I woke up at 5 AM to beat the 110 degree Arizona heat that was soon to face us. Outside the WHAM Arts Center, a group of ten volunteers stood eager to help me install the 111 portraits that I'd brought from California. While some were to hang inside the gallery, the majority were waiting their display on a nearby park's fence and another city owned property around the corner. With the temperatures rising by the moment, we quickly set off to work.
In the predawn light, we laid out the 30 foot long lengths of vinyl material that held six portraits. Fairly quickly the prints went up. It's a bit tricky to get the tension on the zip ties just right so I spent considerable time double checking the work and replacing ties where necessary. Still, it was a race to get the prints up before being overwhelmed by the heat.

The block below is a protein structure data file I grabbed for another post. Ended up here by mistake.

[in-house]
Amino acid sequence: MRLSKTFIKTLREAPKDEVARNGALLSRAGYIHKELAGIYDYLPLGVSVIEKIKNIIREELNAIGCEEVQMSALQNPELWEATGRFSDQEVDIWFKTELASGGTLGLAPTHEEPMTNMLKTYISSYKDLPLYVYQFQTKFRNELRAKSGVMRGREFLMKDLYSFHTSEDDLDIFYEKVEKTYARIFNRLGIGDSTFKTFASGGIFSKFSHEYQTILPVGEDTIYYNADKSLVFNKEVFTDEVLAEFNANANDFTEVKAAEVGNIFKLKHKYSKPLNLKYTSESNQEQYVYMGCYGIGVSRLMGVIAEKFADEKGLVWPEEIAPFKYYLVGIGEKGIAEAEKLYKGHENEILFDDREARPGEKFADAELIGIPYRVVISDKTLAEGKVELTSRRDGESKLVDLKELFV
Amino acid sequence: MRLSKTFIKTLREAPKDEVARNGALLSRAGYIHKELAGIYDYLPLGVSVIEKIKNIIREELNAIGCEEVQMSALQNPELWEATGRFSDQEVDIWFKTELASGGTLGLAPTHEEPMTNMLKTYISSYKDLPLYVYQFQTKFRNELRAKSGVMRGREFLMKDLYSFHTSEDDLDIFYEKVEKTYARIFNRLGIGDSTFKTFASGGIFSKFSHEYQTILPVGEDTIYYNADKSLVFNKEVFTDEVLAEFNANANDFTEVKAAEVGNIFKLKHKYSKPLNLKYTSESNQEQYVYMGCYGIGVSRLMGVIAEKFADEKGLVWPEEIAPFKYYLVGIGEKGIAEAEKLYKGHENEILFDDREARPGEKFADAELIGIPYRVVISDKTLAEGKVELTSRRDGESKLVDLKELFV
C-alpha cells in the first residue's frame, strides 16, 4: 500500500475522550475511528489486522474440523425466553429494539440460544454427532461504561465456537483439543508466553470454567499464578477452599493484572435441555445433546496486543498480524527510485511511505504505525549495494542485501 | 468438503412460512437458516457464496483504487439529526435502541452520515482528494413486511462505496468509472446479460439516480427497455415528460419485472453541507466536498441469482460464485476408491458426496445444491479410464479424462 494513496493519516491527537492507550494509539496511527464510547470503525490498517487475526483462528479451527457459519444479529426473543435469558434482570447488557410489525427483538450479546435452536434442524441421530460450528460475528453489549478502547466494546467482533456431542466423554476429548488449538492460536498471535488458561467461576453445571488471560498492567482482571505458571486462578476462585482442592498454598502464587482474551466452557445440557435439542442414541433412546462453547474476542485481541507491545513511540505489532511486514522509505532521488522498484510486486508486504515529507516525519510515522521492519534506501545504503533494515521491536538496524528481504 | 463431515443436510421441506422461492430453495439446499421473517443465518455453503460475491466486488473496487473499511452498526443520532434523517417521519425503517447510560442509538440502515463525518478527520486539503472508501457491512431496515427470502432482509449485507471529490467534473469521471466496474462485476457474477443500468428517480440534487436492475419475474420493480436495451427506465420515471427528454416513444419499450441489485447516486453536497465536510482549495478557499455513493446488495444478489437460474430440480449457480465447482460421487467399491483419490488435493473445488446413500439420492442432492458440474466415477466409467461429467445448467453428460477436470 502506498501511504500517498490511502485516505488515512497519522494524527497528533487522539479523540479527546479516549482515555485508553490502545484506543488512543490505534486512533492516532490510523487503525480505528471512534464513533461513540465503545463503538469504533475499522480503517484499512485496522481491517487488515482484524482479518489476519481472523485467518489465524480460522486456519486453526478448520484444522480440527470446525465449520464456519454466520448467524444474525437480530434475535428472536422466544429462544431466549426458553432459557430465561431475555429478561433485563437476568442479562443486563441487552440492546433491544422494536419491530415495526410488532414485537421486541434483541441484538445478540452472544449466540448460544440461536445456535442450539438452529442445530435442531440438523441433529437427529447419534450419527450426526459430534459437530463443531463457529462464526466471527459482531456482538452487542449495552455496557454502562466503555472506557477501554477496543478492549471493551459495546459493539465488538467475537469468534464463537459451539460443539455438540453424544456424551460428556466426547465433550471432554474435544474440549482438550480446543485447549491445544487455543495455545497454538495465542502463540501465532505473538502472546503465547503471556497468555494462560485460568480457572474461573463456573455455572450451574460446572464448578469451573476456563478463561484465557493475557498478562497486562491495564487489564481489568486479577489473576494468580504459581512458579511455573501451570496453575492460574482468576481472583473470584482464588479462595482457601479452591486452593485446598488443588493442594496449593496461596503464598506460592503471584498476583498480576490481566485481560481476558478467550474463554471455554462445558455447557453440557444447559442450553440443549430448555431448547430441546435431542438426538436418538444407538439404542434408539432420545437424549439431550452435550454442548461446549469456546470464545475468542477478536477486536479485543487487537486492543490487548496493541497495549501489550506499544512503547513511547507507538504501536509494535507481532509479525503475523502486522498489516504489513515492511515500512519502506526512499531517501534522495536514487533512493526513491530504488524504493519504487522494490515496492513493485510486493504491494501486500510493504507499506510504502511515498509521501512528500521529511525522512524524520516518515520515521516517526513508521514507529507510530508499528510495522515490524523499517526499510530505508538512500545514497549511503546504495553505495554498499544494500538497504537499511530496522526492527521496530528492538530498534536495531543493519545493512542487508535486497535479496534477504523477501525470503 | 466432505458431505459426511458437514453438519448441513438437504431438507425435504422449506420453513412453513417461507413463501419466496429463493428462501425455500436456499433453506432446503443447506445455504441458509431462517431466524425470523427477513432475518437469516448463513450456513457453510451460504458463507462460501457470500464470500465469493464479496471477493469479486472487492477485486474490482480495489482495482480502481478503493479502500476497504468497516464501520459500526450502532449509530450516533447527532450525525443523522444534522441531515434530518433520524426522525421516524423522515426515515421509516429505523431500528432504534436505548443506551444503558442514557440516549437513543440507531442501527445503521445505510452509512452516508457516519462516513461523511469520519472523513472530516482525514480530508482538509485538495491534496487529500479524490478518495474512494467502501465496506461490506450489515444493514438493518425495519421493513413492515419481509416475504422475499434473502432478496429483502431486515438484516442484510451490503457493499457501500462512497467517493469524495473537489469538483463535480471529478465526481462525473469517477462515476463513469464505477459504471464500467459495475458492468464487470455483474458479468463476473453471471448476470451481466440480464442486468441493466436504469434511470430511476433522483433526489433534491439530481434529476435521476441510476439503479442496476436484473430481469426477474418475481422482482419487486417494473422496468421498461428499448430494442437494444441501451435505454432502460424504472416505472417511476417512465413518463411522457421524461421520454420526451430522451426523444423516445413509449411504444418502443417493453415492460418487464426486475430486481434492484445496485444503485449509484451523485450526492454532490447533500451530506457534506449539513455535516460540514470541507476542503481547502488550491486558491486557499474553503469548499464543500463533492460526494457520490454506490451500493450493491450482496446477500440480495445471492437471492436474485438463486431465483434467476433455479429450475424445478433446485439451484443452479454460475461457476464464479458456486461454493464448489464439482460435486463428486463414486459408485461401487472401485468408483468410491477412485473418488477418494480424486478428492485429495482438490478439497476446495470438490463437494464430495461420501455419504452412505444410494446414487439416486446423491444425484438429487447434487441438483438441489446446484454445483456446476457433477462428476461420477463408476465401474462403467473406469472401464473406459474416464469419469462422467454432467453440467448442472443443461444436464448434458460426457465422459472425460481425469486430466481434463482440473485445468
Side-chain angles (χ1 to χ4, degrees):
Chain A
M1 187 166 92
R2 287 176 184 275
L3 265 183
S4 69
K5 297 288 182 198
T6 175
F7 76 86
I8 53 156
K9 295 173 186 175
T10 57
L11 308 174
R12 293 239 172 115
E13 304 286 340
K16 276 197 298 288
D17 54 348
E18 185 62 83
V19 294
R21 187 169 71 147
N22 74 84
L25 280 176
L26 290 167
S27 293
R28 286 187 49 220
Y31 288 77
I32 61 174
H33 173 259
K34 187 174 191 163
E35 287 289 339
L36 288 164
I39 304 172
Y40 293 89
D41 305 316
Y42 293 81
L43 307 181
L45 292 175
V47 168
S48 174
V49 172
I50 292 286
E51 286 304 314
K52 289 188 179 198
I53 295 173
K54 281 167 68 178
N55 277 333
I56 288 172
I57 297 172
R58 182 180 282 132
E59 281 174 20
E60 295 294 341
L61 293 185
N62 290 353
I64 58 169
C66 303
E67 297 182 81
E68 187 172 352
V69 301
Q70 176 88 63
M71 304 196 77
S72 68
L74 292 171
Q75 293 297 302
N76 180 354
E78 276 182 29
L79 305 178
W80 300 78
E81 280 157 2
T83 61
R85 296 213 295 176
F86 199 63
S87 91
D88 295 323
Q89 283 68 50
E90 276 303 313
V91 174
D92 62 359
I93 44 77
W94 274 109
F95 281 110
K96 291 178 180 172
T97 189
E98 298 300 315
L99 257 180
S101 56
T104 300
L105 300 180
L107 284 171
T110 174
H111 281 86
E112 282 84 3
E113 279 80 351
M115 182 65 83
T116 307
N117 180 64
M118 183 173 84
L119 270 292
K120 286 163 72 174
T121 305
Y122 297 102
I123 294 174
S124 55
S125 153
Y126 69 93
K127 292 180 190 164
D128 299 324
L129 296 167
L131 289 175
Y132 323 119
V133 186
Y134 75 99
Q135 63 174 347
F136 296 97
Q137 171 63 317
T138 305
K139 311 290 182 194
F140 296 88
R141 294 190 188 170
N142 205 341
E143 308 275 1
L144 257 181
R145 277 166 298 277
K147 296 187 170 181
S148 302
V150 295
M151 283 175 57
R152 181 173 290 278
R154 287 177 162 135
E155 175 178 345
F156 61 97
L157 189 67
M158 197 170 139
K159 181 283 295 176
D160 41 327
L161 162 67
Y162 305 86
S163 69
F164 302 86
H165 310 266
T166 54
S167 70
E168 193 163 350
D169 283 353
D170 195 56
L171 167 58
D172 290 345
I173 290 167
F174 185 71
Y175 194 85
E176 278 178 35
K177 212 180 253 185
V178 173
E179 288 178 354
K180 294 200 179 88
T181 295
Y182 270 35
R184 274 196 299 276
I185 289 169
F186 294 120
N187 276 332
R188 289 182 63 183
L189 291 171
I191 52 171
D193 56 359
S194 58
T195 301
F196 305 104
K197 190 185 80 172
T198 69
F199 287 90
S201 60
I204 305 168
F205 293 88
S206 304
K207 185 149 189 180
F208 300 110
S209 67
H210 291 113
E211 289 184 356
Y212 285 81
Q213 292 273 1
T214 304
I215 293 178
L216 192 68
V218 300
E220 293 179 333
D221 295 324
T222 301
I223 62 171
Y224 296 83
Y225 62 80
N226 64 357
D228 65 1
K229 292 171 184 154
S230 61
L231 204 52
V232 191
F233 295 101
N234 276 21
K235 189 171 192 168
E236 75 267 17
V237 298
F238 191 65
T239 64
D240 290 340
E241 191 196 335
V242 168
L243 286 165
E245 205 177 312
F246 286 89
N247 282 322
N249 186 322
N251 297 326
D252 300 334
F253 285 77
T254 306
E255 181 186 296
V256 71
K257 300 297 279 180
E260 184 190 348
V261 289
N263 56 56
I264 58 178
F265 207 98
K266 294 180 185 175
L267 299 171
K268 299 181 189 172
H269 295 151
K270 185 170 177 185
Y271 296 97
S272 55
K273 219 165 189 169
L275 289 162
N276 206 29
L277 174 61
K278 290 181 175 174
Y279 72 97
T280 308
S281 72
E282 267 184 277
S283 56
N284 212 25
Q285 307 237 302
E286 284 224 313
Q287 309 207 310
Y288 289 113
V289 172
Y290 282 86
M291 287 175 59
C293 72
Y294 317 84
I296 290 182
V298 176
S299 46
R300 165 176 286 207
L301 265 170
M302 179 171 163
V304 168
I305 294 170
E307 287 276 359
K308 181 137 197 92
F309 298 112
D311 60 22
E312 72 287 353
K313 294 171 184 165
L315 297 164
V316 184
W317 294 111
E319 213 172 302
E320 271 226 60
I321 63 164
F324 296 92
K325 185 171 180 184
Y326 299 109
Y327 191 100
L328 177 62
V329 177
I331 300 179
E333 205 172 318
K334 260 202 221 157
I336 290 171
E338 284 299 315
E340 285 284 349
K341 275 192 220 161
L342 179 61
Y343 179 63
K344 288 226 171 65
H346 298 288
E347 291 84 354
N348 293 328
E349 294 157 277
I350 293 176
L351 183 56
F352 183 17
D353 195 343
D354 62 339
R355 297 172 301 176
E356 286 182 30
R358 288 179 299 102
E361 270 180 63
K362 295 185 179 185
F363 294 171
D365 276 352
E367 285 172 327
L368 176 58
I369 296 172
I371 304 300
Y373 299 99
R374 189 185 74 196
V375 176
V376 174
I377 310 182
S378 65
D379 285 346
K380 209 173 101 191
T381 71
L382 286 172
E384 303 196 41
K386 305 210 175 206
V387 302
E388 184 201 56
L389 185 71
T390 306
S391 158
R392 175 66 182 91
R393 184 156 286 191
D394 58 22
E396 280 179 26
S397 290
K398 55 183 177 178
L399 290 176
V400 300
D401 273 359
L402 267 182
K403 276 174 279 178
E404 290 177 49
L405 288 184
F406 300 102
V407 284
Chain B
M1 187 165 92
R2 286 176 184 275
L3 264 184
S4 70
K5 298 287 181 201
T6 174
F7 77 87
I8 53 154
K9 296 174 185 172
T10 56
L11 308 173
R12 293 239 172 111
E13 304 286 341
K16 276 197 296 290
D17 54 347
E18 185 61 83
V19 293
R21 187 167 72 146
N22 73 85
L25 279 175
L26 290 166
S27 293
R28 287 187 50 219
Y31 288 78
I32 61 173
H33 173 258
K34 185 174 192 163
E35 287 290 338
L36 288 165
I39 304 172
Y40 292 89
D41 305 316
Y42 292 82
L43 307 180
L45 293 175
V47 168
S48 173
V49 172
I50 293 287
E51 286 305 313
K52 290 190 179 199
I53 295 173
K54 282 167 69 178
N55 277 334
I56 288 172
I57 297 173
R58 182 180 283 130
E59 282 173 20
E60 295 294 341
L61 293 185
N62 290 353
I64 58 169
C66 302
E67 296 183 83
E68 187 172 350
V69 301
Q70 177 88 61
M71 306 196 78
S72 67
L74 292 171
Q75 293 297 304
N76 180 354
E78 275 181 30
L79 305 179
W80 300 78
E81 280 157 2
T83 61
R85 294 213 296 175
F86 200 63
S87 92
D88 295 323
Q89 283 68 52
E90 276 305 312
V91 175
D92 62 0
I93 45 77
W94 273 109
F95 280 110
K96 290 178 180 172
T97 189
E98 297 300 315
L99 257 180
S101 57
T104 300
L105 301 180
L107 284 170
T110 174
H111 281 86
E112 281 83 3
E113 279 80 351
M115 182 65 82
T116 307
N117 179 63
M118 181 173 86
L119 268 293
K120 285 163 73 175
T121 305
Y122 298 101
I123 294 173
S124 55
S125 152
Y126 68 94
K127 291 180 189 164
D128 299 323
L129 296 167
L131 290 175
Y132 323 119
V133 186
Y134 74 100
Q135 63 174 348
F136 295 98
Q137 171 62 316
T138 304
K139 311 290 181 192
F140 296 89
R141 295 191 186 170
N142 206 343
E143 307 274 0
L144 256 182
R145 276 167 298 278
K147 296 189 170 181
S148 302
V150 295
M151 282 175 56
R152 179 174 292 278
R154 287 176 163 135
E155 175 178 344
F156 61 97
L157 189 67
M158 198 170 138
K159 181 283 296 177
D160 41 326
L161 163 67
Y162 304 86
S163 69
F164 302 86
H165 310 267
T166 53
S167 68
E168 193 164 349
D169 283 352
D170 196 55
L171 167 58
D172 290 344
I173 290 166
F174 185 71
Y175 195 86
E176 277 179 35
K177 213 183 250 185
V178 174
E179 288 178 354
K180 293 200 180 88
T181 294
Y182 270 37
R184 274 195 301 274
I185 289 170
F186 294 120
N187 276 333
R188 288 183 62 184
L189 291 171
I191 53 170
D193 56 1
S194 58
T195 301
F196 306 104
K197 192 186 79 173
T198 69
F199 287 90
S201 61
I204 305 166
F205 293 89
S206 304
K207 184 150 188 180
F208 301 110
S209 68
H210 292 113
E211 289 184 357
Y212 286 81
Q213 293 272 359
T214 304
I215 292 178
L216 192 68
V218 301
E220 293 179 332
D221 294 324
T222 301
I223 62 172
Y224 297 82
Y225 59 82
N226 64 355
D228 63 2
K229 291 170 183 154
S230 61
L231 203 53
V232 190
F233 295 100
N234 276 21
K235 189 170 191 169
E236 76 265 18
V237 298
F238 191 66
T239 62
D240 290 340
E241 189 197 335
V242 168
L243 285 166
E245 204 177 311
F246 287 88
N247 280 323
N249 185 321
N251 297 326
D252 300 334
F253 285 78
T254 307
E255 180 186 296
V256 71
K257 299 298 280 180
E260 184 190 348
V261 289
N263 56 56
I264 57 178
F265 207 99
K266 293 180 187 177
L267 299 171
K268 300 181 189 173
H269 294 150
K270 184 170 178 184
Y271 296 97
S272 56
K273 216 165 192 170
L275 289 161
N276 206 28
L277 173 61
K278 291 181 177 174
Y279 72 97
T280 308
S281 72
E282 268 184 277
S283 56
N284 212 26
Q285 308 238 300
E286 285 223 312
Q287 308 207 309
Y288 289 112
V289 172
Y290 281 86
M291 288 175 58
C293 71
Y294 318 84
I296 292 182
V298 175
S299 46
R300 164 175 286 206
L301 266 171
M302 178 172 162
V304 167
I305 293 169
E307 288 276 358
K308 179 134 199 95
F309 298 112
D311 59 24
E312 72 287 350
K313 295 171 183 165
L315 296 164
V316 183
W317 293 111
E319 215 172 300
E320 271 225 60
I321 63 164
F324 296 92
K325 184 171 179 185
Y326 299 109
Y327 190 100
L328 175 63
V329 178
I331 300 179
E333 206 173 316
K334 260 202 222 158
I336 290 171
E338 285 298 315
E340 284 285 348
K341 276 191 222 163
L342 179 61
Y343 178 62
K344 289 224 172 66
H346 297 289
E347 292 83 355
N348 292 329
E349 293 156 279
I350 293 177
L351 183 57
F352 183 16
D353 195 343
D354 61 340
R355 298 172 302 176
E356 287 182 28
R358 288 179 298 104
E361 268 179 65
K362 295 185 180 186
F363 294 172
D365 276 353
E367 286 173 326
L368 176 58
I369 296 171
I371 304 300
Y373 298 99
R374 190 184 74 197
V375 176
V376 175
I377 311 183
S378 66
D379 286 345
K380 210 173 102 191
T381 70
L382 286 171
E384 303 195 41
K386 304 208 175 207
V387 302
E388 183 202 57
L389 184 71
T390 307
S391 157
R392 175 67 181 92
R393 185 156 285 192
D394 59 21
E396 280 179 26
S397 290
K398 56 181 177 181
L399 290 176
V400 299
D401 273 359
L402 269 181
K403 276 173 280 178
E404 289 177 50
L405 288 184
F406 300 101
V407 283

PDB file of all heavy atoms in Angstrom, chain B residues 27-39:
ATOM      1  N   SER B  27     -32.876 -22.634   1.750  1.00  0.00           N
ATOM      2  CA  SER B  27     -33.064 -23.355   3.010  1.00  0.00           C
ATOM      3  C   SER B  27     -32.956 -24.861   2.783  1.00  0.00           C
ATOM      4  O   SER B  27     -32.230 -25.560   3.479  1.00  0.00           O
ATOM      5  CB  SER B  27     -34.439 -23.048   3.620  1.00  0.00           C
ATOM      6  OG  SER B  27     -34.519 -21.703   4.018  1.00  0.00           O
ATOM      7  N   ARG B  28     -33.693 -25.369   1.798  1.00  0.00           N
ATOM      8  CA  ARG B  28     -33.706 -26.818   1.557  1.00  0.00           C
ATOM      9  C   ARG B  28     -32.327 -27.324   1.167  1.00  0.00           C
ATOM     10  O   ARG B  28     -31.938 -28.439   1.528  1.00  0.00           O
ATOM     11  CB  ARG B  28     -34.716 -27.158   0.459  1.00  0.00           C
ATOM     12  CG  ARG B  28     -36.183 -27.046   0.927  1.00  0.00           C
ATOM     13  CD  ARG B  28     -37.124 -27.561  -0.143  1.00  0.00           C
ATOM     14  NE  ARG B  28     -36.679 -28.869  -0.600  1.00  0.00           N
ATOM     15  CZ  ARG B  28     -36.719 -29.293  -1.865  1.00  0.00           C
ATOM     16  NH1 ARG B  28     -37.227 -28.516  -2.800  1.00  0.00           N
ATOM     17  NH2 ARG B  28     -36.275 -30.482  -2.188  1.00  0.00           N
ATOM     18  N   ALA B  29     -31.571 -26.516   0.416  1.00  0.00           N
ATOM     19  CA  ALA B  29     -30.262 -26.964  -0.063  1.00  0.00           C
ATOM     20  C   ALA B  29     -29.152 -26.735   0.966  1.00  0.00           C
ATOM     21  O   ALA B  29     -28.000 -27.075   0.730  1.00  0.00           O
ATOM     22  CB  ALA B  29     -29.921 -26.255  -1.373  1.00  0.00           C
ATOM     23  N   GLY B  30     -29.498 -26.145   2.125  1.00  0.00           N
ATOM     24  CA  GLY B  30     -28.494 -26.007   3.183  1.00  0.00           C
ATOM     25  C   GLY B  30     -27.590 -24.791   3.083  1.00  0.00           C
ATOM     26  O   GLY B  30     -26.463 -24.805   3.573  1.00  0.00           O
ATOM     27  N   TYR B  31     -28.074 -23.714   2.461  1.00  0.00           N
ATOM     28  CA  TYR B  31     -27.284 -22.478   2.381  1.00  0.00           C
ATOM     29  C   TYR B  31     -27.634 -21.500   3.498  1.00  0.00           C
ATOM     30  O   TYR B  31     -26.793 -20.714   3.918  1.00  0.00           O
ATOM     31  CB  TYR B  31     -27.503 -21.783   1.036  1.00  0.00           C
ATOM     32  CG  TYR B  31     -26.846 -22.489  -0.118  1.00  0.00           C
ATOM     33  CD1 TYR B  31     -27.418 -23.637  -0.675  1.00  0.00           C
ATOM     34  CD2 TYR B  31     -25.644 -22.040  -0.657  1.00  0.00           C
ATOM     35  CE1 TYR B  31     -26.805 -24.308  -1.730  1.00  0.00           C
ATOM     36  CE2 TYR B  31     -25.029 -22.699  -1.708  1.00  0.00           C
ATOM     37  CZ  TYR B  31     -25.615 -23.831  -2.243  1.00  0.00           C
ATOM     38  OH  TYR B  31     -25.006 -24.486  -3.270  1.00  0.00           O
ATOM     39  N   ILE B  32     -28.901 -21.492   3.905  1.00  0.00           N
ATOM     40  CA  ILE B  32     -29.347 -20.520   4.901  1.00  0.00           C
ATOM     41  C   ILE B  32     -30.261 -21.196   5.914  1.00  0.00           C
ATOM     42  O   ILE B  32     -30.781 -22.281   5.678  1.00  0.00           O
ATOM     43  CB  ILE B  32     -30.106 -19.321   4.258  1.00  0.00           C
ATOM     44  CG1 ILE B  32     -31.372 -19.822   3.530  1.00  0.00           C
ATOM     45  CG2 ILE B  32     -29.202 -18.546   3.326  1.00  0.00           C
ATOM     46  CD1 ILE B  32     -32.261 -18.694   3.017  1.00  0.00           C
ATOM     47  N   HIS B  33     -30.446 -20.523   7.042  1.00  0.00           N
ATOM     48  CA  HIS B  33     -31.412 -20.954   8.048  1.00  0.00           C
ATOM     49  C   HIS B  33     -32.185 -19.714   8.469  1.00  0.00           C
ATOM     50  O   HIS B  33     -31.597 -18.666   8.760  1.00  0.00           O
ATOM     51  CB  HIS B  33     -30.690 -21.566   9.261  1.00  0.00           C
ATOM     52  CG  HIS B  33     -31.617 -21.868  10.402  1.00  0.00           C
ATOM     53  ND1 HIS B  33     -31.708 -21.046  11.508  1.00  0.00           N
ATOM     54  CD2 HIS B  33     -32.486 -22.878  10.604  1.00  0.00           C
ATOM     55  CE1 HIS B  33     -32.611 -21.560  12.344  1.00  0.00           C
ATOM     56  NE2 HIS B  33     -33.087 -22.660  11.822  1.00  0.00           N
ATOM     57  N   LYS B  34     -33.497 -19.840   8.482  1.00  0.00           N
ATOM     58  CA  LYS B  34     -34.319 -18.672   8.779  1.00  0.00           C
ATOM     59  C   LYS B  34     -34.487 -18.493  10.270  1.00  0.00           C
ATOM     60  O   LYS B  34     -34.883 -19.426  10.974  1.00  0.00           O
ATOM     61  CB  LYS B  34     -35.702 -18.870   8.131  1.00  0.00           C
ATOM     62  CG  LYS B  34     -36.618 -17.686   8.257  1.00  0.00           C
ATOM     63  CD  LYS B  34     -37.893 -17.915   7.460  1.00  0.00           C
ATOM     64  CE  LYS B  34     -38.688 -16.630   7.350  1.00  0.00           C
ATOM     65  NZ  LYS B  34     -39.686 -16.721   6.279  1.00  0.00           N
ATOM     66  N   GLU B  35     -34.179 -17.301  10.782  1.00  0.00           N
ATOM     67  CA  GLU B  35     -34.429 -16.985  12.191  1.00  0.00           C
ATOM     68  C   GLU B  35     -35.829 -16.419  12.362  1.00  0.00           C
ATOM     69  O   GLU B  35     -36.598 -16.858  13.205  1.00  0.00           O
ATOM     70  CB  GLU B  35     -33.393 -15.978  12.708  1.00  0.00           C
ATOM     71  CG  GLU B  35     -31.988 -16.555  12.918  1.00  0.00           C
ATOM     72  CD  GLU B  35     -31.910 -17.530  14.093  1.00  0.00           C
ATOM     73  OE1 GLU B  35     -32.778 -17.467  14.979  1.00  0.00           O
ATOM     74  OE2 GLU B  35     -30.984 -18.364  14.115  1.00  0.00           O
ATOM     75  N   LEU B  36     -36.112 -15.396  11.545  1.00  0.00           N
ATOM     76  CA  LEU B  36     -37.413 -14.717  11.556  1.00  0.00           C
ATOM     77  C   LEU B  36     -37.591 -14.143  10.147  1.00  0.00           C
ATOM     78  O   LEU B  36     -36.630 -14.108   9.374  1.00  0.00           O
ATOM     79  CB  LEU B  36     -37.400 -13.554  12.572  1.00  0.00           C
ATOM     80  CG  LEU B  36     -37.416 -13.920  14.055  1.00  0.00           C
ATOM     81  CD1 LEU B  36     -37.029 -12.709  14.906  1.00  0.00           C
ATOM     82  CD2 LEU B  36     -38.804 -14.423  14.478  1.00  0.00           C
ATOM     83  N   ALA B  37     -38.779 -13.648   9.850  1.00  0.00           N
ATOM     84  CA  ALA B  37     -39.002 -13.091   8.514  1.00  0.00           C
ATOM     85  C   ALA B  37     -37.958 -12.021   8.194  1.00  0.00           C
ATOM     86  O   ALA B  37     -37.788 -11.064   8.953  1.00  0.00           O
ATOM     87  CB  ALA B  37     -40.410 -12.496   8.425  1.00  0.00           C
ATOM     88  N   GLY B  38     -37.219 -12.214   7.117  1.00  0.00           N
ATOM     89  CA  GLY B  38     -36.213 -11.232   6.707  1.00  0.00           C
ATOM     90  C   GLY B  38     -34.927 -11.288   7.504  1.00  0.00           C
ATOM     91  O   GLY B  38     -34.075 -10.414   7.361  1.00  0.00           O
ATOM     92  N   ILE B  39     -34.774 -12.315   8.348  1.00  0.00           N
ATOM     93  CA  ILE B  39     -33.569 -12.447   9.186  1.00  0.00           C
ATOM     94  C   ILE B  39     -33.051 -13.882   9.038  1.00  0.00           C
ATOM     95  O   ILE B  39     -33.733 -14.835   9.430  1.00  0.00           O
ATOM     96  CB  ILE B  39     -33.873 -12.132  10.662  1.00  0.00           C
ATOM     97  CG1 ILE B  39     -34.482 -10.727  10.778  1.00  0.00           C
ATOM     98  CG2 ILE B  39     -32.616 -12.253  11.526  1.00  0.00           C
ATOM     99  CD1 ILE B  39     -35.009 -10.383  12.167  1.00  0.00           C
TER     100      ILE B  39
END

I'd been commissioned by the arts center and the city to install the work in the Original Town Site (OTS) part of Surprise. Not long ago, the town consisted of dirt roads and a few blocks of Latino owned homes and businesses. Over the past 20 years, the town has exploded in size leaving the original townspeople feeling marginalized in the process.
Earlier in 2018, I'd visited the city and taken portraits of people in and around the OTS. In designing the layout for the exhibition, I paired a portrait of an individual from Surprise with a portrait taken in one of the 50 US states. Together, they'd appear in public with the goal of photographically integrating both individuals within the community and the community itself with others from around the nation.
In addition to the photos on the fence, I also experimented with placing a couple of photos on the exterior windows of the WHAM gallery.
Inside I used a special vinyl material for the prints. The vinyl offers a high resolution image that is extremely durable and able to withstand abuse that would destroy a traditional print. Using the vinyl in this way brought the costs of the exhibition way down without sacrificing my artistic vision. After this the show will move to Huntington University in Peoria, Arizona.